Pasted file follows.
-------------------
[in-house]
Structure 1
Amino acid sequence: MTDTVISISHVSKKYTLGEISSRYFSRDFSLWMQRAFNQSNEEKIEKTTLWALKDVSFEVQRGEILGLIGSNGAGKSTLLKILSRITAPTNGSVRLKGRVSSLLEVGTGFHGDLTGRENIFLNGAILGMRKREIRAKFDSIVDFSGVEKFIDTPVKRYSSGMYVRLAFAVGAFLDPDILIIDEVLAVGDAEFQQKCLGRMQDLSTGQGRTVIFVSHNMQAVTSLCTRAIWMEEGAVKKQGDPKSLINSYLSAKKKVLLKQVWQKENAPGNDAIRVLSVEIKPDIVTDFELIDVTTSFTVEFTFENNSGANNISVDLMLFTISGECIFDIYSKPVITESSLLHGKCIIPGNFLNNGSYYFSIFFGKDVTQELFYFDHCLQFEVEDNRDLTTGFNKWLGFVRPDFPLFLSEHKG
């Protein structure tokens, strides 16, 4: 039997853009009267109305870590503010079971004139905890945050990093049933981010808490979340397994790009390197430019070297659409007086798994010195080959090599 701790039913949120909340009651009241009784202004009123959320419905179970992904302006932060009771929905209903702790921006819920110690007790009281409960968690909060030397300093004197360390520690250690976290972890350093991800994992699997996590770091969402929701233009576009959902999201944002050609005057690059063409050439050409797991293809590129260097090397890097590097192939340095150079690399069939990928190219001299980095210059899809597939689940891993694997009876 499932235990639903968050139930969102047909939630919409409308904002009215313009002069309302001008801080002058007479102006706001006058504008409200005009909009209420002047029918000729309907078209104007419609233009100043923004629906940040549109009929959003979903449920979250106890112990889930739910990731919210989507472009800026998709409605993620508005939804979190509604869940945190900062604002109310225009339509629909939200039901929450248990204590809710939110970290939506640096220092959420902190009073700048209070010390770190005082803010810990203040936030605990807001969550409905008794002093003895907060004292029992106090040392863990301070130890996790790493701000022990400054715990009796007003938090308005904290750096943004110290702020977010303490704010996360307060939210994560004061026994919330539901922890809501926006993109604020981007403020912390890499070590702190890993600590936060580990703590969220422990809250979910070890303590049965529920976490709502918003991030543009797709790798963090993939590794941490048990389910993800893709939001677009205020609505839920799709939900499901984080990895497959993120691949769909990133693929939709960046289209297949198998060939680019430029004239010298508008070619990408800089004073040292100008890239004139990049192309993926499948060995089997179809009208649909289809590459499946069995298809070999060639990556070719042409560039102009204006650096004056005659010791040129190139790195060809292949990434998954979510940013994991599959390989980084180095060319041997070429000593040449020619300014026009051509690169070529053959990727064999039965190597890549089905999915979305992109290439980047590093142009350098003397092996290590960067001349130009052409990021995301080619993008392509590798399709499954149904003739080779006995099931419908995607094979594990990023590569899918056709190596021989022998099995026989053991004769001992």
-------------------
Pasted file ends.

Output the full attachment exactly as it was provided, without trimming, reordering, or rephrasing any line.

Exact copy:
[in-house]
Structure 1
Amino acid sequence: MTDTVISISHVSKKYTLGEISSRYFSRDFSLWMQRAFNQSNEEKIEKTTLWALKDVSFEVQRGEILGLIGSNGAGKSTLLKILSRITAPTNGSVRLKGRVSSLLEVGTGFHGDLTGRENIFLNGAILGMRKREIRAKFDSIVDFSGVEKFIDTPVKRYSSGMYVRLAFAVGAFLDPDILIIDEVLAVGDAEFQQKCLGRMQDLSTGQGRTVIFVSHNMQAVTSLCTRAIWMEEGAVKKQGDPKSLINSYLSAKKKVLLKQVWQKENAPGNDAIRVLSVEIKPDIVTDFELIDVTTSFTVEFTFENNSGANNISVDLMLFTISGECIFDIYSKPVITESSLLHGKCIIPGNFLNNGSYYFSIFFGKDVTQELFYFDHCLQFEVEDNRDLTTGFNKWLGFVRPDFPLFLSEHKG
């Protein structure tokens, strides 16, 4: 039997853009009267109305870590503010079971004139905890945050990093049933981010808490979340397994790009390197430019070297659409007086798994010195080959090599 701790039913949120909340009651009241009784202004009123959320419905179970992904302006932060009771929905209903702790921006819920110690007790009281409960968690909060030397300093004197360390520690250690976290972890350093991800994992699997996590770091969402929701233009576009959902999201944002050609005057690059063409050439050409797991293809590129260097090397890097590097192939340095150079690399069939990928190219001299980095210059899809597939689940891993694997009876 499932235990639903968050139930969102047909939630919409409308904002009215313009002069309302001008801080002058007479102006706001006058504008409200005009909009209420002047029918000729309907078209104007419609233009100043923004629906940040549109009929959003979903449920979250106890112990889930739910990731919210989507472009800026998709409605993620508005939804979190509604869940945190900062604002109310225009339509629909939200039901929450248990204590809710939110970290939506640096220092959420902190009073700048209070010390770190005082803010810990203040936030605990807001969550409905008794002093003895907060004292029992106090040392863990301070130890996790790493701000022990400054715990009796007003938090308005904290750096943004110290702020977010303490704010996360307060939210994560004061026994919330539901922890809501926006993109604020981007403020912390890499070590702190890993600590936060580990703590969220422990809250979910070890303590049965529920976490709502918003991030543009797709790798963090993939590794941490048990389910993800893709939001677009205020609505839920799709939900499901984080990895497959993120691949769909990133693929939709960046289209297949198998060939680019430029004239010298508008070619990408800089004073040292100008890239004139990049192309993926499948060995089997179809009208649909289809590459499946069995298809070999060639990556070719042409560039102009204006650096004056005659010791040129190139790195060809292949990434998954979510940013994991599959390989980084180095060319041997070429000593040449020619300014026009051509690169070529053959990727064999039965190597890549089905999915979305992109290439980047590093142009350098003397092996290590960067001349130009052409990021995301080619993008392509590798399709499954149904003739080779006995099931419908995607094979594990990023590569899918056709190596021989022998099995026989053991004769001992």